Infectious disease 2 (100) 0
  Pneumonia 1 (50) 0
  Blood-stream infection 1 (50) 0
Data were presented as number (%).
IE = infected endocarditis; SLE = systemic lupus erythematosus.

The most common causes of death in female SLE patients were infectious diseases (65% of all mortality cases), followed by heart failure (12.1%), cerebrovascular accidents (8.9%), pulmonary hemorrhage (8.3%), and malignancy (8.3%). Infectious diseases were also a common cause of death in male SLE patients (73.9%). The other causes of death in male SLE patients were malignancy (13%) and heart failure (8.7%). Pneumonia was the most common infectious disease that led to death in both sexes.

Two female children with SLE died during the study period; the cause of death was pneumonia (n = 1) and blood-stream infection (n = 1).

3.4. Risk factors of mortality in SLE patients

To explore the risk factor of mortality, background characteristics, medications, comorbidities, and causes of admission were analyzed and summarized in Table 5.

Table 5 - Multivariable analysis for the risk factors of mortality among the adult and pediatric systemic lupus erythematosus patients
Parameter HR (95% CI) p
Enrollment age, y 1.04 (1.03-1.05) <0.001
Prednisolone >10 mg/d 1.71 (1.14-2.57) 0.010
Comorbidity
 Malignancy 1.94 (1.22-3.09) 0.005
 Chronic kidney disease 1.86 (1.25-2.77) 0.002
 Hypertension 1.42 (1.01-1.98) 0.042
 Diabetes mellitus 1.96 (0.94-4.08) 0.073
 Deep vein thrombosis 1.43 (0.58-3.52) 0.352
 Cerebrovascular accident 1.14 (0.64-2.05) 0.658
 Gout 1.64 (0.99-2.70) 0.051
 Coronary artery disease 1.30 (0.77-2.20) 0.326
Cause of admission
 Bacterial pneumonia 1.92 (1.12-3.31) 0.018
 Sepsis 2.78 (1.51-5.13) 0.001
 Acute kidney injury 1.42 (0.67-3.00) 0.367
 Respiratory failure or ARDS 1.35 (0.48-3.81) 0.576
 Cytomegalovirus infection 2.20 (0.49-9.78) 0.302
ARDS = adult respiratory distress syndrome; CI = confidence interval; HR = hazard ratio.

The multivariable model revealed that the enrollment age (hazard ratio [HR]: 1.04, 95% CI: 1.03-1.05), use of prednisolone equivalent dose of >10 mg/d (HR: 1.71, 95% CI: 1.14-2.57), comorbidities with malignancy (HR: 1.94, 95% CI: 1.22-3.09), CKD (HR: 1.86, 95% CI: 1.25-2.77), hypertension (HR: 1.42, 95% CI: 1.01-1.98), and admission due to bacterial pneumonia (HR: 1.92; 95% CI: 1.12-3.31) and sepsis (HR: 2.78, 95% CI: 1.51-5.13) independently increased the risk of mortality in SLE patients (Table 5). Other comorbidities, including diabetes, DVT, cerebrovascular accident, gout, or coronary artery disease, and other causes of admission did not independently associate with increased mortality in SLE patients.

To confirm the impact of the above independent risk factors, the survival rates estimated by Kaplan-Meier analysis are illustrated in Fig. 1. Among the age subgroups, the survival rates decreased with the advanced age during the follow-up period (log-rank p for trend <0.001, Fig. 1A). SLE patients treated with systemic glucocorticoid equivalent to prednisolone >10 mg/d (log-rank p = 0.003, Fig. 1B), having malignancy (log-rank p < 0.001, Fig. 1C), CKD (log-rank p = 0.001, Fig. 1D), hypertension (log-rank p = 0.027, Fig. 1E), hospital admission due to bacterial pneumonia (log-rank p < 0.001, Fig. 1F), and sepsis (log-rank p < 0.001, Fig. 1G) had significantly lower survival rates than patients without the above factors.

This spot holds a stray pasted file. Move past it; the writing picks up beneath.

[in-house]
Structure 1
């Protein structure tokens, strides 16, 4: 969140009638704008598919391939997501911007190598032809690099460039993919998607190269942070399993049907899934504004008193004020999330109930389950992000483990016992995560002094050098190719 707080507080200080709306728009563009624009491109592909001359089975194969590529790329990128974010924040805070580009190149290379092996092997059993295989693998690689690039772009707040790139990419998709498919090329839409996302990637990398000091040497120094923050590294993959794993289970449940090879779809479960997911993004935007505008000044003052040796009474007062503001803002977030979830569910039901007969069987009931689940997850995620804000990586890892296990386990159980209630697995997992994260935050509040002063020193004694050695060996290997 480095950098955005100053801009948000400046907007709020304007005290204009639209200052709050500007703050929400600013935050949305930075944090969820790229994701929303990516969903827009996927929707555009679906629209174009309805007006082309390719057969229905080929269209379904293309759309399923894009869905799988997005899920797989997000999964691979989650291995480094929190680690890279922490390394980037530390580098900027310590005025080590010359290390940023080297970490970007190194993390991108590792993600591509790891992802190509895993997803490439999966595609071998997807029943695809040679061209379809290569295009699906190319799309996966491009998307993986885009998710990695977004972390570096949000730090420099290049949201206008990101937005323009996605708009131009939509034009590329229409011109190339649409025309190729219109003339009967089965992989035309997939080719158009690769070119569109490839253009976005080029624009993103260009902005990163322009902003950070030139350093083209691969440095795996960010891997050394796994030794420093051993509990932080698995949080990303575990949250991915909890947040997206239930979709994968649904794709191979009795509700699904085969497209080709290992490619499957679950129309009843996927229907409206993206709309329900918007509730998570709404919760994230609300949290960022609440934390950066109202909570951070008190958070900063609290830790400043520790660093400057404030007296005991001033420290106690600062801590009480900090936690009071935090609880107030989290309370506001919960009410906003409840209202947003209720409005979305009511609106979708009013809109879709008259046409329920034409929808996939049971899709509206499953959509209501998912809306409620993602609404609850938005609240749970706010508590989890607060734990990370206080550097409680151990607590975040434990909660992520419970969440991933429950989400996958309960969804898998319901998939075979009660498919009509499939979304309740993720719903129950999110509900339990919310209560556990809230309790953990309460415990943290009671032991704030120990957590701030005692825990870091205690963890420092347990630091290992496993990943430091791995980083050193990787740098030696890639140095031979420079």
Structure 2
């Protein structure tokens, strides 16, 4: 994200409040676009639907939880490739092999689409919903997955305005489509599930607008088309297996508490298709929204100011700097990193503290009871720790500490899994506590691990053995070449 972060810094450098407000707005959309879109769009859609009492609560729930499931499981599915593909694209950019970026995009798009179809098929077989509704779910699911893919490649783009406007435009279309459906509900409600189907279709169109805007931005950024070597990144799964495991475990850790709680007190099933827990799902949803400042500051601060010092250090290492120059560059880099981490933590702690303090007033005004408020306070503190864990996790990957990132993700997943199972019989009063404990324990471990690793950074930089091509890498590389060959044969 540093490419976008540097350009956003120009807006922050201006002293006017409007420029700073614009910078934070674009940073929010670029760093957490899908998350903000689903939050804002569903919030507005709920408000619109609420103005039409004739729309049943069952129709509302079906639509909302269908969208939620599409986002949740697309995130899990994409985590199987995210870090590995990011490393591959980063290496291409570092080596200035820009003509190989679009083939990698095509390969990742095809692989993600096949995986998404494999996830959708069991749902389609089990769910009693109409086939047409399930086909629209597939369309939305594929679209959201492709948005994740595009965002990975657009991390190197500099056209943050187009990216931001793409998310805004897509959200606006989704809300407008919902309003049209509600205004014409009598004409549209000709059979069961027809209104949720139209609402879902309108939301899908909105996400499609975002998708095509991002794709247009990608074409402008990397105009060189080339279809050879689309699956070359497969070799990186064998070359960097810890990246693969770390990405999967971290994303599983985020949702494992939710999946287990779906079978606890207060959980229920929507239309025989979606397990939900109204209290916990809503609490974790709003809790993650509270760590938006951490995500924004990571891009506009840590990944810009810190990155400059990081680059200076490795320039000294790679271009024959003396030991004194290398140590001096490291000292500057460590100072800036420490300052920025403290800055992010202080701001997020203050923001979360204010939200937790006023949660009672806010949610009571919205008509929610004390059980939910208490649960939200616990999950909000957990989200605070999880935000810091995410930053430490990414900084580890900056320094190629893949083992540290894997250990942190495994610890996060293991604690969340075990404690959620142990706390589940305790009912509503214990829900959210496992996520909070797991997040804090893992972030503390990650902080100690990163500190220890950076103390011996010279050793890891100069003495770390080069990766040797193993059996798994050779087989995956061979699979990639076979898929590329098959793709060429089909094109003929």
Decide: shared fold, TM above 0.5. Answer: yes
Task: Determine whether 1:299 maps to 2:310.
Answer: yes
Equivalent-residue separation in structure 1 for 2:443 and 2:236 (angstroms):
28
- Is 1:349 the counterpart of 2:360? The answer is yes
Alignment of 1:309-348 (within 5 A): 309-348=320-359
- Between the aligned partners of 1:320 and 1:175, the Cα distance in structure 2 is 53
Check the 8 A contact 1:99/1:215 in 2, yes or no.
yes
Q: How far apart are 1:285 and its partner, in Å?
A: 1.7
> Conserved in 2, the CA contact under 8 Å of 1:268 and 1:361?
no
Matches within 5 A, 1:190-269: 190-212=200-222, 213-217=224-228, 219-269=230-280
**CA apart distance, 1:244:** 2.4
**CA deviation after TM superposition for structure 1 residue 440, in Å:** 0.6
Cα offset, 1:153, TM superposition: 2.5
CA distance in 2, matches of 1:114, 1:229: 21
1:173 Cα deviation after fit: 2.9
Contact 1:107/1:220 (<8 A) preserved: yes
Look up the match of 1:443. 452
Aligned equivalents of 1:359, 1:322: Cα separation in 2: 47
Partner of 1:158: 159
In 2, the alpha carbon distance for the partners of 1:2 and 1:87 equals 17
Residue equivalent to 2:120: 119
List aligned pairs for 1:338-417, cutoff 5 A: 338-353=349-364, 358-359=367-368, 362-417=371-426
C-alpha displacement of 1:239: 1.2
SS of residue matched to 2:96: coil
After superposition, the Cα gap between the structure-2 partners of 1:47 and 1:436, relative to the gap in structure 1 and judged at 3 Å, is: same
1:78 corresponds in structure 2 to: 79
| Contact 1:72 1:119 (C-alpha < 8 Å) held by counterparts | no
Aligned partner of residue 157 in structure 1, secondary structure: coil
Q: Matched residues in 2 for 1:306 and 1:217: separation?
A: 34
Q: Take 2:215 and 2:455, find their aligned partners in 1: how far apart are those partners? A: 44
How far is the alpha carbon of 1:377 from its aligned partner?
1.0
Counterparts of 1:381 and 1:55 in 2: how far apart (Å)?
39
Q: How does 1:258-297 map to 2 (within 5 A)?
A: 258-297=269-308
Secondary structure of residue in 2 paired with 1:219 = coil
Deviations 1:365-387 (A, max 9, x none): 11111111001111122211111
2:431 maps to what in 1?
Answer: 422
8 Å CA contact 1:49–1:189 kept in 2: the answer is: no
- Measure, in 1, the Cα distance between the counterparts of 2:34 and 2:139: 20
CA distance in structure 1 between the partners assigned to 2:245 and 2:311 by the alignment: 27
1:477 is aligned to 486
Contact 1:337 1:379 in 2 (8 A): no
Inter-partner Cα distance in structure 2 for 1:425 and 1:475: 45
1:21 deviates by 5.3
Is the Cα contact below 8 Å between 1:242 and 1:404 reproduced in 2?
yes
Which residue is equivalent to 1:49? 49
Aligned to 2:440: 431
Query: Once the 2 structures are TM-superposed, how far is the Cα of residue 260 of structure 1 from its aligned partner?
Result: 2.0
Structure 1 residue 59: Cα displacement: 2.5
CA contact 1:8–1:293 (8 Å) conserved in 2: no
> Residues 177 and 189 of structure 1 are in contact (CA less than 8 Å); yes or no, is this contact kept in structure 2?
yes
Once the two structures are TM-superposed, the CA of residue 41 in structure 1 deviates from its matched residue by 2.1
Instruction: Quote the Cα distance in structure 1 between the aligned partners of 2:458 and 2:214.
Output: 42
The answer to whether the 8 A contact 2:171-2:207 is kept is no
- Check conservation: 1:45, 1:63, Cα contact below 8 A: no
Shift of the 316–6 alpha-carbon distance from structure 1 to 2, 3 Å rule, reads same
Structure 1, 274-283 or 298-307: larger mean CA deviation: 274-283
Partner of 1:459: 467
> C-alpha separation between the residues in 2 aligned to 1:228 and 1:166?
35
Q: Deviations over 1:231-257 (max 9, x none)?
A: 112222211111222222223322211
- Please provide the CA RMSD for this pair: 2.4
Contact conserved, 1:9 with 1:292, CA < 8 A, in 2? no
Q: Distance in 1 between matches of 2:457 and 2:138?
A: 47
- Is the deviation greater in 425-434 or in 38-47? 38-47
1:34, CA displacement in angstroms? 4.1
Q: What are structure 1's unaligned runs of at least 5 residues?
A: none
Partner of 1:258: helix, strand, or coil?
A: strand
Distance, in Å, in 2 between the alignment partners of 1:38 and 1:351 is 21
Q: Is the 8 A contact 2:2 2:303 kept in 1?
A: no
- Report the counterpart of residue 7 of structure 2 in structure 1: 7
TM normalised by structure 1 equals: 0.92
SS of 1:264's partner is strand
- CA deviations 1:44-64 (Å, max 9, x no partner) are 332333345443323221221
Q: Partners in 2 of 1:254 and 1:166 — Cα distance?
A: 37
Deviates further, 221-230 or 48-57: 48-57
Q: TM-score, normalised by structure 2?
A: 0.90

F1
Fig. 1:
The Kaplan-Meier survival estimates for the systemic lupus erythematosus patients according to the age subgroups (A), use of systemic glucocorticoids equivalent to prednisolone >10 mg/d (B), comorbidities with malignancy (C), CKD (D), hypertension (E), and medical history of bacterial pneumonia (F), and sepsis (G). Pred = prednisolone; CKD = chronic kidney disease.

4. DISCUSSION

Adult and pediatric SLE patients who ever received hospital admission were investigated and the 10-year survival rates were all >90% in both sexes. Additionally, our data revealed that children with SLE have more favorable survival outcomes than adult SLE patients. Breast cancer, lung cancer, colonorectoanal cancer, and non-Hodgkin’s lymphoma were the leading malignancies in female SLE patients in our cohort. We also found that the advanced age had a higher impact on survival than sex difference. The mortality rate increased when the adult SLE patients were treated with an average dose of systemic glucocorticoids equivalent to prednisolone >10 mg/d and hospitalized for bacterial pneumonia and sepsis. Moreover, our data discovered that comorbidities with malignancy, CKD, and hypertension reduce the survival rate of SLE patients.

Compared to general populations, SLE patients have relatively higher mortality rates.1,3,6 The 10-year survival rate in the present study falls within the range of recent investigations (68.8%-94.9%).4,5,19–22 Due to the development of novel pharmaceutical agents, the trend in mortality rates decreased in recent years as compared to that few decades ago.1,3,23,24 Ethnic, geographic, and secular changes and social-economic differences contribute to the heterogeneity of survival rates in SLE patients. Our study specifically enrolled SLE patients with history of hospitalizations, which would be more severe in disease activities than patients who just require outpatient care.